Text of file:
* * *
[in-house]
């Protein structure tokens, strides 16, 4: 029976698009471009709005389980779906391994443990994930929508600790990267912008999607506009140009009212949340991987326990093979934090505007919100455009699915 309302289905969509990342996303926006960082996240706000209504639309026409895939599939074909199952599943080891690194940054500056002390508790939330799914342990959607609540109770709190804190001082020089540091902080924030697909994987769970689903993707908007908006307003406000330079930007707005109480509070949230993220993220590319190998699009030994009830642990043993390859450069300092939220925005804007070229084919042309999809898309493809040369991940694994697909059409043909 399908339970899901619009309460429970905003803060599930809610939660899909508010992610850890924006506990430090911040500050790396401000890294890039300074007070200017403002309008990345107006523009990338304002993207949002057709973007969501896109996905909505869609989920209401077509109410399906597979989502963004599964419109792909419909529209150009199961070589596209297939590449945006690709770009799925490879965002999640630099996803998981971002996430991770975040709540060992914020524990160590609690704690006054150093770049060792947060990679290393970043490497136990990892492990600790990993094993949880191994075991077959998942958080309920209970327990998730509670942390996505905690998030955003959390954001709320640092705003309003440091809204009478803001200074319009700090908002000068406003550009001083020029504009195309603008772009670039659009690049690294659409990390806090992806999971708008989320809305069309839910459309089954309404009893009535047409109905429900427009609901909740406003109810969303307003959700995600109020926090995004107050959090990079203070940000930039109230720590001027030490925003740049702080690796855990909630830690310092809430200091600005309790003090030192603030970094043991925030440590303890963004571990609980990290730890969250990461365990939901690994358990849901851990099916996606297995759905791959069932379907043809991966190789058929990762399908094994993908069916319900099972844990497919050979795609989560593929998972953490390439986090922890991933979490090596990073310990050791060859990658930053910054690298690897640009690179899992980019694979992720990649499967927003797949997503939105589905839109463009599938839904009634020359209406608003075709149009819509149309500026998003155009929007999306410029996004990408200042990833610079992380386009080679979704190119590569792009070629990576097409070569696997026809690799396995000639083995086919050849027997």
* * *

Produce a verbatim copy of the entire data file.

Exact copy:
[in-house]
């Protein structure tokens, strides 16, 4: 029976698009471009709005389980779906391994443990994930929508600790990267912008999607506009140009009212949340991987326990093979934090505007919100455009699915 309302289905969509990342996303926006960082996240706000209504639309026409895939599939074909199952599943080891690194940054500056002390508790939330799914342990959607609540109770709190804190001082020089540091902080924030697909994987769970689903993707908007908006307003406000330079930007707005109480509070949230993220993220590319190998699009030994009830642990043993390859450069300092939220925005804007070229084919042309999809898309493809040369991940694994697909059409043909 399908339970899901619009309460429970905003803060599930809610939660899909508010992610850890924006506990430090911040500050790396401000890294890039300074007070200017403002309008990345107006523009990338304002993207949002057709973007969501896109996905909505869609989920209401077509109410399906597979989502963004599964419109792909419909529209150009199961070589596209297939590449945006690709770009799925490879965002999640630099996803998981971002996430991770975040709540060992914020524990160590609690704690006054150093770049060792947060990679290393970043490497136990990892492990600790990993094993949880191994075991077959998942958080309920209970327990998730509670942390996505905690998030955003959390954001709320640092705003309003440091809204009478803001200074319009700090908002000068406003550009001083020029504009195309603008772009670039659009690049690294659409990390806090992806999971708008989320809305069309839910459309089954309404009893009535047409109905429900427009609901909740406003109810969303307003959700995600109020926090995004107050959090990079203070940000930039109230720590001027030490925003740049702080690796855990909630830690310092809430200091600005309790003090030192603030970094043991925030440590303890963004571990609980990290730890969250990461365990939901690994358990849901851990099916996606297995759905791959069932379907043809991966190789058929990762399908094994993908069916319900099972844990497919050979795609989560593929998972953490390439986090922890991933979490090596990073310990050791060859990658930053910054690298690897640009690179899992980019694979992720990649499967927003797949997503939105589905839109463009599938839904009634020359209406608003075709149009819509149309500026998003155009929007999306410029996004990408200042990833610079992380386009080679979704190119590569792009070629990576097409070569696997026809690799396995000639083995086919050849027997």